On the other hand, even before capital controls, Forest City encountered setbacks. The ruling sultan of Johor struck up the Forest City development as a partnership between Country Garden and a holding company associated with Johor’s public investment arm, in which he retains the lion’s share of assets. In 2013, the sultan sold marine area to Country Garden to reclaim for Forest City. Instead of the usual detailed national- and state-level reviews, Johor’s Environment Department in January 2014 approved full-scale reclamation a few days after Country Garden submitted a preliminary site assessment in direct violation of national- and state-level processes. Local residents and fishermen who were not properly notified saw the coastline change and skyscrapers go up virtually overnight.
The ensuing communal anger took Country Garden by surprise. The Chinese firm had relied on its local partner—a politically linked firm in Johor—to guide Forest City through the appropriate environmental process, which simply did not occur. Country Garden did eventually complete an environmental impact assessment, but the environmental problems remain manifold. Threats to biodiversity have become worse, and corrupt local leaders seem to have captured the fund that Country Garden established to compensate local fishermen for their loss of livelihoods. Meanwhile, Forest City’s costs could rise, and its Chinese customer base stays inaccessible. Country Garden rushed land reclamation in under 90 days. In comparison, Singapore let new lands settle over years before building on them. On top of concerns with existing construction, Country Garden believes it will have to continue to build out additional reclaimed islands to project confidence and attract customers. “We are selling not only apartments but a whole city,” said one employee.
Country Garden made some effort to employ locals in Johor, but large swaths of Forest City’s workforce are low-wage laborers from South Asia or white-collar Chinese workers who were hired to cater to Chinese clientele. Local community groups indicated that Country Garden has been receptive to criticism, but the picture is still grim as the firm attempts to navigate around those who personally gain from the lack of due diligence. One local expert, who declined to be named for fear of political repercussions, lamented: “Everyone is working on the assumption that we’re going to lose everything,” referring to local community activists and fishermen whom Forest City is pushing out.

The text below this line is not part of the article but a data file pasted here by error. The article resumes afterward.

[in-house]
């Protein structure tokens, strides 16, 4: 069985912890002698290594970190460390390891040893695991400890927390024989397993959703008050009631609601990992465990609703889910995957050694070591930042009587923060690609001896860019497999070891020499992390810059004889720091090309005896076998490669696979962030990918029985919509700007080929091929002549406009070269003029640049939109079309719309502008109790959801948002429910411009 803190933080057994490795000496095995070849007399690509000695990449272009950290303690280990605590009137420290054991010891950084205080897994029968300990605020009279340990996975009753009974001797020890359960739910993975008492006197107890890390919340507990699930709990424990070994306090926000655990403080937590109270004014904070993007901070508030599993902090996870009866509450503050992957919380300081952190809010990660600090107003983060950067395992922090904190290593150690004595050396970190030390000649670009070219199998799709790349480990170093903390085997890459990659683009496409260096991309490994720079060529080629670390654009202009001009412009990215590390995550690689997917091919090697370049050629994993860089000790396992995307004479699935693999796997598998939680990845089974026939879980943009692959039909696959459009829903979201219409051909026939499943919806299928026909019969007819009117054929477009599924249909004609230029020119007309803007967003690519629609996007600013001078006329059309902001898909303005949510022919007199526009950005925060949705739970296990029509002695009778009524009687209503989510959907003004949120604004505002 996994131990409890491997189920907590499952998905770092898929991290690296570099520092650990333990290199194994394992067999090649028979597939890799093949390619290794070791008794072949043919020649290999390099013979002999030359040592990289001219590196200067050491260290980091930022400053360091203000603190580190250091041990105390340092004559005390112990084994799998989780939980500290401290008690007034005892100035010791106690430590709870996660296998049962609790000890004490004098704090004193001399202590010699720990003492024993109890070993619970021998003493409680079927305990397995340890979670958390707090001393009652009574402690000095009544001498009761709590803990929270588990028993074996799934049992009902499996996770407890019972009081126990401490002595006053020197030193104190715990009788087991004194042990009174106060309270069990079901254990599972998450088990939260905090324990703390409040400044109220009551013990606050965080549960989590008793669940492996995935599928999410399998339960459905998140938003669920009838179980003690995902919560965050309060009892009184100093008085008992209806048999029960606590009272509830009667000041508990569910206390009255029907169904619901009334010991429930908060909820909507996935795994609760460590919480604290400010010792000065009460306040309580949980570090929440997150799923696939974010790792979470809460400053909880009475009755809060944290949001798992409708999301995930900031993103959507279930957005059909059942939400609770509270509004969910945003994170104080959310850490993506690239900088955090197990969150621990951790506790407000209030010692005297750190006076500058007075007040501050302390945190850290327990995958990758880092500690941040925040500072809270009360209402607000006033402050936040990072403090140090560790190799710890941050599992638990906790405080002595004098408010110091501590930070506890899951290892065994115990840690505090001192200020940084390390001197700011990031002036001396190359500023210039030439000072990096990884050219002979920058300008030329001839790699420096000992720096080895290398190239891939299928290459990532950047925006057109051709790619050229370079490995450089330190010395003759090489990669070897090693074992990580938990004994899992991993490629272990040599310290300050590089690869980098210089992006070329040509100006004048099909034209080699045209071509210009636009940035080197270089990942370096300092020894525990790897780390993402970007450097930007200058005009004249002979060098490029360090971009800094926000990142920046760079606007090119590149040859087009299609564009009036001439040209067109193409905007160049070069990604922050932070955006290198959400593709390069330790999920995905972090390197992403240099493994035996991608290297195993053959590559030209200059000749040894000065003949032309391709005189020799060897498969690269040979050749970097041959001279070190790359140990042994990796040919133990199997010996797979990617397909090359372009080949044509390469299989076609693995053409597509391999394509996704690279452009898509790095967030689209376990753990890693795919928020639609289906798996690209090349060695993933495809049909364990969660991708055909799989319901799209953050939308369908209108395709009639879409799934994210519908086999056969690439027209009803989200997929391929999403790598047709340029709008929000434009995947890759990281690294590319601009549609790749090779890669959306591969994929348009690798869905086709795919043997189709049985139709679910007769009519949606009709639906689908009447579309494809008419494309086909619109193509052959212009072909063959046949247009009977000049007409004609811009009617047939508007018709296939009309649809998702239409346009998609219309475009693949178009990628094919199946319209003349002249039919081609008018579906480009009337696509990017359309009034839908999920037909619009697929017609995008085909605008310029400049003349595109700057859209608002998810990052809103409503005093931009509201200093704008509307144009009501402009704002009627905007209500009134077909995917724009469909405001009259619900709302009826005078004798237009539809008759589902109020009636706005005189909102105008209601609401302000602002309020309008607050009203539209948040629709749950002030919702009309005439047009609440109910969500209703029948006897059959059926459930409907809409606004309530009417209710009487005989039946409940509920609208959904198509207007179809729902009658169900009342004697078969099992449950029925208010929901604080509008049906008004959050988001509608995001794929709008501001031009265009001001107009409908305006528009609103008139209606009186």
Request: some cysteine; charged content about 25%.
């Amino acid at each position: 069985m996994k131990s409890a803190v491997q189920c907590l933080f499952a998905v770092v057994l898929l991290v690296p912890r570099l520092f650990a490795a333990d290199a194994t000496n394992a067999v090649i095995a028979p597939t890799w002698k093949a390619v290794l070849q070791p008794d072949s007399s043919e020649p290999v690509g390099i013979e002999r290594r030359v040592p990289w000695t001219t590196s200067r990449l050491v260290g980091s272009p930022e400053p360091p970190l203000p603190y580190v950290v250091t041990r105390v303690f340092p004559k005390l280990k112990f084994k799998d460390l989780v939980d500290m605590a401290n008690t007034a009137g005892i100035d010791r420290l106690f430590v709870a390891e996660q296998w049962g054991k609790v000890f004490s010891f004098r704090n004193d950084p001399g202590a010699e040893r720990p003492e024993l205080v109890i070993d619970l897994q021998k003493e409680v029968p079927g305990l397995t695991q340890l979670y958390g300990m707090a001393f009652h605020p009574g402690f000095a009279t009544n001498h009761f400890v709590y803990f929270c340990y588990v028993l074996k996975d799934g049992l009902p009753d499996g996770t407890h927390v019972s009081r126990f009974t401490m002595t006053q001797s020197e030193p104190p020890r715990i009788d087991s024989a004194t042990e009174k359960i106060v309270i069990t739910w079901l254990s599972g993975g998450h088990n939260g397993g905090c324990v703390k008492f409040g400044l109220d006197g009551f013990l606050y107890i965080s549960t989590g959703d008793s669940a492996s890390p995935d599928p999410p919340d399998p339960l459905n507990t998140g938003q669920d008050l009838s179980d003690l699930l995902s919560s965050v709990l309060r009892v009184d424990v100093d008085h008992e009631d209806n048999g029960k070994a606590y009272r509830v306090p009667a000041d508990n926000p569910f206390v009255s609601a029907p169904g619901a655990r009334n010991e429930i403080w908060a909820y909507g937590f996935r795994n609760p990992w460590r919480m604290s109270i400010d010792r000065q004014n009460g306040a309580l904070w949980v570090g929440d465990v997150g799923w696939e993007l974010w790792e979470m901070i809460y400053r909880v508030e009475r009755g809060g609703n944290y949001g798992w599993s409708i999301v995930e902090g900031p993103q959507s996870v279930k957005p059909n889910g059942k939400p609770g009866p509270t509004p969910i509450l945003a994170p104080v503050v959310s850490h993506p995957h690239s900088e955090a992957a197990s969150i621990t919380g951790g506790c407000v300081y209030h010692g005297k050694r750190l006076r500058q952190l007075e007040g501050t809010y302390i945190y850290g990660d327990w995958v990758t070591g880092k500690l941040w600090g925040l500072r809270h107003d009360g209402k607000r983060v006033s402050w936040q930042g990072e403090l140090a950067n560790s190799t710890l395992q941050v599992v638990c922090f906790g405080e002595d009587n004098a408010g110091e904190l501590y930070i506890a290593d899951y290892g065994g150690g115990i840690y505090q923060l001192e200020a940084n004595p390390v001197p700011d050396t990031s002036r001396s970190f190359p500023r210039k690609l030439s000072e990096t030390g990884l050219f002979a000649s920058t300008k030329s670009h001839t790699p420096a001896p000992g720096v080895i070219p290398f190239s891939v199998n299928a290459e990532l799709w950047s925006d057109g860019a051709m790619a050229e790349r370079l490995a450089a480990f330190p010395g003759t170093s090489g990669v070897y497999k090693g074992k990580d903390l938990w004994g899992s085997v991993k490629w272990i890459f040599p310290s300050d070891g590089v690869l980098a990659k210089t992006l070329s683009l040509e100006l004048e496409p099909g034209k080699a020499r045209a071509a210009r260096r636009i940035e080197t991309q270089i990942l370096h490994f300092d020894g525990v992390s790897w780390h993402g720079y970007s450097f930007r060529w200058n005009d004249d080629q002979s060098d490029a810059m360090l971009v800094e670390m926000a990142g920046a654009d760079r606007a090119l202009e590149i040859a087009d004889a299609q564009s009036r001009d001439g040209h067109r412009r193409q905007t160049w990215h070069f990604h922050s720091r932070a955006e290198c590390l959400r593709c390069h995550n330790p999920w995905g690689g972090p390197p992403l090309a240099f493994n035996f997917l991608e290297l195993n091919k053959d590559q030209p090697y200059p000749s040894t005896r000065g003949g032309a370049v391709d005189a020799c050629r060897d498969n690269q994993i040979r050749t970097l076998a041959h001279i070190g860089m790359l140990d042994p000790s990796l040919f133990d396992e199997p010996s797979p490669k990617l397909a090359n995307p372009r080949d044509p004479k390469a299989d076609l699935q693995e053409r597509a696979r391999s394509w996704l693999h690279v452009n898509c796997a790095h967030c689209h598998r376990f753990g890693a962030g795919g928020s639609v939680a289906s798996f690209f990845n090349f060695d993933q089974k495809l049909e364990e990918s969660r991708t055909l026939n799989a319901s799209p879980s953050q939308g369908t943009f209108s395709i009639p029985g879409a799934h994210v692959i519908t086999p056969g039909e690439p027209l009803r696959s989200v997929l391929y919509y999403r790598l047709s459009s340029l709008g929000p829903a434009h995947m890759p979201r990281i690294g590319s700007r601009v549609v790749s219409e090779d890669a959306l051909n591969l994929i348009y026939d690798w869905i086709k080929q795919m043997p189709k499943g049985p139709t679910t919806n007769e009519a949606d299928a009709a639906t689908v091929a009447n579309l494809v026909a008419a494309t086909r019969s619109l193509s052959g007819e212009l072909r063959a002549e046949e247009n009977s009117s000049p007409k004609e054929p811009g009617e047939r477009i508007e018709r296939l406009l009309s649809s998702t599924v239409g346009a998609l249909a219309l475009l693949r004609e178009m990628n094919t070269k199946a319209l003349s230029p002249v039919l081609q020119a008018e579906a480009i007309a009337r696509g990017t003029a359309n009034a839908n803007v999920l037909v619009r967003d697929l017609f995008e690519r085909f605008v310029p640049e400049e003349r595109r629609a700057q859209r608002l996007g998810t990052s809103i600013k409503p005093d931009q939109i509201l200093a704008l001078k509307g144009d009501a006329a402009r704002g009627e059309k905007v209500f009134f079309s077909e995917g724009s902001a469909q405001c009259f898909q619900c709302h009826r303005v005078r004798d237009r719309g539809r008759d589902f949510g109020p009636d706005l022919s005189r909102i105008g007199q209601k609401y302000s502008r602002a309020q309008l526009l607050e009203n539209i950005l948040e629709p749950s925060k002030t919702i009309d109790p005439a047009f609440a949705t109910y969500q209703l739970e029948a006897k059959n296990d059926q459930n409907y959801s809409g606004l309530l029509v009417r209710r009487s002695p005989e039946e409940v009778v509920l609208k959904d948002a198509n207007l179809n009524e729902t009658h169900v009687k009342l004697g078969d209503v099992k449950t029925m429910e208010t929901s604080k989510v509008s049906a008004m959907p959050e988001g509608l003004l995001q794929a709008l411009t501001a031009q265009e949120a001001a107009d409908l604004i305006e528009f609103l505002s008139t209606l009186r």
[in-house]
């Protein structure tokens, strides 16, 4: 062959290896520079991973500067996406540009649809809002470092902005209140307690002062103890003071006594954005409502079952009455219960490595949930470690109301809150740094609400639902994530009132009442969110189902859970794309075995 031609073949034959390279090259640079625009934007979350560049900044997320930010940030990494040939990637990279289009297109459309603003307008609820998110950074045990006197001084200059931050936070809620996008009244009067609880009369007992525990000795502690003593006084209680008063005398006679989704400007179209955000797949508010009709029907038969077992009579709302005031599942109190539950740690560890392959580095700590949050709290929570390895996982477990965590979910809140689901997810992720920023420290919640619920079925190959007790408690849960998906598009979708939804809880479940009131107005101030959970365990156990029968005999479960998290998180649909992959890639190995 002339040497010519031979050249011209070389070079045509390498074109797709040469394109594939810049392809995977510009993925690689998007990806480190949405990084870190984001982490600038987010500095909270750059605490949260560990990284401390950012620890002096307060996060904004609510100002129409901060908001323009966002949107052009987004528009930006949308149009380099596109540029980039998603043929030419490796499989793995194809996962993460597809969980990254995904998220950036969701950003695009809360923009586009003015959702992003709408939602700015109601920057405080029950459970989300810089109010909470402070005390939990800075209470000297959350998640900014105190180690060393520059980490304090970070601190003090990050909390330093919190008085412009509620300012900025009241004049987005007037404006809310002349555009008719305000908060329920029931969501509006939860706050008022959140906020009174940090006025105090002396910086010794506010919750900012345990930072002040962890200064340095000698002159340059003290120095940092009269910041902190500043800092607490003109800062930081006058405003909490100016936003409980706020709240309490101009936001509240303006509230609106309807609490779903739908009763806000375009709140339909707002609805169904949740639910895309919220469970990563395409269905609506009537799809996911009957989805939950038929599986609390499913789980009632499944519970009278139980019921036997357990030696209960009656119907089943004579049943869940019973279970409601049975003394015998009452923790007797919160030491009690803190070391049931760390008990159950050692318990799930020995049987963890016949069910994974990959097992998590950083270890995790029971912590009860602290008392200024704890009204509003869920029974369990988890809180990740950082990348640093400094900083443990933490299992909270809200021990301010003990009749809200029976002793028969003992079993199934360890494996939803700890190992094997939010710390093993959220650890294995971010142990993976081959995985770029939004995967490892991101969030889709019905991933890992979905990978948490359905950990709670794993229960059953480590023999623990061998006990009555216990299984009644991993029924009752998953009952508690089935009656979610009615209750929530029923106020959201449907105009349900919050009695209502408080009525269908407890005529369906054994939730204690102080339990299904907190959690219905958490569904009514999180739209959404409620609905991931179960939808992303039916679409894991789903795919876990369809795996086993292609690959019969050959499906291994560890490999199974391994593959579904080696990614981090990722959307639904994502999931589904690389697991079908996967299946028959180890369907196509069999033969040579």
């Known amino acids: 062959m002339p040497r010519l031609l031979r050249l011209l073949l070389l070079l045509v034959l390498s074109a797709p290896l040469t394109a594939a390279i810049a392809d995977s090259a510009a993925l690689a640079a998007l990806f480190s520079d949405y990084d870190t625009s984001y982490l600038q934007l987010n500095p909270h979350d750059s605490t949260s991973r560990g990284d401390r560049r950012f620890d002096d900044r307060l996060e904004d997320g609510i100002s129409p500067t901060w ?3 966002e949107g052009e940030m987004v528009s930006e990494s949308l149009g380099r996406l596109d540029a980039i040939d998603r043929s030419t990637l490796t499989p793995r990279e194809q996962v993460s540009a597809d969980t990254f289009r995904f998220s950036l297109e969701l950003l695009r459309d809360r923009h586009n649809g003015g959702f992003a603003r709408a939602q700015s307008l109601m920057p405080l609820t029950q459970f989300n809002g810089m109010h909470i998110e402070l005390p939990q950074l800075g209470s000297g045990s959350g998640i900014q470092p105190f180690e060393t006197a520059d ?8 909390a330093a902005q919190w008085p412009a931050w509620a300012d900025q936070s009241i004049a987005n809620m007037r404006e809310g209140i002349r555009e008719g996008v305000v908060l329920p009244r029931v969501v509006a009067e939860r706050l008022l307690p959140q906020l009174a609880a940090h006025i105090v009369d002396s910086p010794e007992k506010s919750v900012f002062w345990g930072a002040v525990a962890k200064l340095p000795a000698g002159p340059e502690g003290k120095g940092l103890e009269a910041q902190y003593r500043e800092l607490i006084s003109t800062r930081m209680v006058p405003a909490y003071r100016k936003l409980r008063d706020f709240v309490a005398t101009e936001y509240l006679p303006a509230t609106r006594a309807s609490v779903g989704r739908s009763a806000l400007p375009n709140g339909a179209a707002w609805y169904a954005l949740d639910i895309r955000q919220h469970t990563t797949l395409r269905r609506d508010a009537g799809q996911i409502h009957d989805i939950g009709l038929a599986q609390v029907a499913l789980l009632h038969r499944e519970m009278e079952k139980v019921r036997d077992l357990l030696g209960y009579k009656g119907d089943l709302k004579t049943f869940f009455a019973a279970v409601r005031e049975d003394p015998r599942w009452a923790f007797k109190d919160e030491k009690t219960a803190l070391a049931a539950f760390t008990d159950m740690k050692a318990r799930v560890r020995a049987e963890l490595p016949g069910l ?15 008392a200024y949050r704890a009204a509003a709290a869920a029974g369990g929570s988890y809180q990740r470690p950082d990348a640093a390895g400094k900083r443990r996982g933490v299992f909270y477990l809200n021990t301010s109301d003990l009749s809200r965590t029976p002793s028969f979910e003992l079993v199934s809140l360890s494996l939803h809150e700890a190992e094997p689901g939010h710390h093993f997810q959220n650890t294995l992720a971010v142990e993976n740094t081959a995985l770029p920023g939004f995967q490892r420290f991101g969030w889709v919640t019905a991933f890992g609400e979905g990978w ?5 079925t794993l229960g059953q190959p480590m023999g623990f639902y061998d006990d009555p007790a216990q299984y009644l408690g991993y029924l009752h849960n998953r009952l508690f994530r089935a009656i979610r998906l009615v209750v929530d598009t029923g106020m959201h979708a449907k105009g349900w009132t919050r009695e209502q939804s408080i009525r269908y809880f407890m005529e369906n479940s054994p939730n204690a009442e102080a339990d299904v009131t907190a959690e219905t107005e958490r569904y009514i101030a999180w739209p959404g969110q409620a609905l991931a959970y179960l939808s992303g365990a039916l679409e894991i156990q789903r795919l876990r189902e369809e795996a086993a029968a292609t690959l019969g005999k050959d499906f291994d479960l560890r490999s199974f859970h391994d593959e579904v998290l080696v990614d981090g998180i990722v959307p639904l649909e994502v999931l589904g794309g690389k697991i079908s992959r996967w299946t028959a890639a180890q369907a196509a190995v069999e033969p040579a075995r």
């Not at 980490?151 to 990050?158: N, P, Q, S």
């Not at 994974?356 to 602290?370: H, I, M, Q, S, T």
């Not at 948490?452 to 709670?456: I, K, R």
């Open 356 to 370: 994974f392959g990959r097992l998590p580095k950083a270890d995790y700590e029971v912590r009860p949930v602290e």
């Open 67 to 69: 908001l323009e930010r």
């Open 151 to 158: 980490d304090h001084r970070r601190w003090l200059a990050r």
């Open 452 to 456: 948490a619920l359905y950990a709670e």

Nefarious geopolitical intent need not be the only reason to sound the alarm on Chinese investments. Chinese projects come at a high hidden cost: They are easy to exploit for greed and graft. That Beijing compels its firms to adhere to standards no higher than that of host countries, and that Chinese businesses still have little experience in foreign markets—even ones as close as Southeast Asia—explains much of this dilemma.
Simply put, corrupt local elites have taken a Chinese Fortune 500 company for a ride. The Johor government can pocket tax after tax for land and property sales without putting its own money into the project. But Country Garden, itself immense, invested little of its overall global portfolio and would not seriously suffer if Forest City failed. As it stands, corrupt domestic elites and Chinese firms, even when at odds, can build megaprojects without cost-benefit or environmental analyses. Forest City is one example where community members and property buyers lose out, but there are likely more. The rest of the world is not immune to vulnerabilities of Malaysian governance and Chinese mismanagement.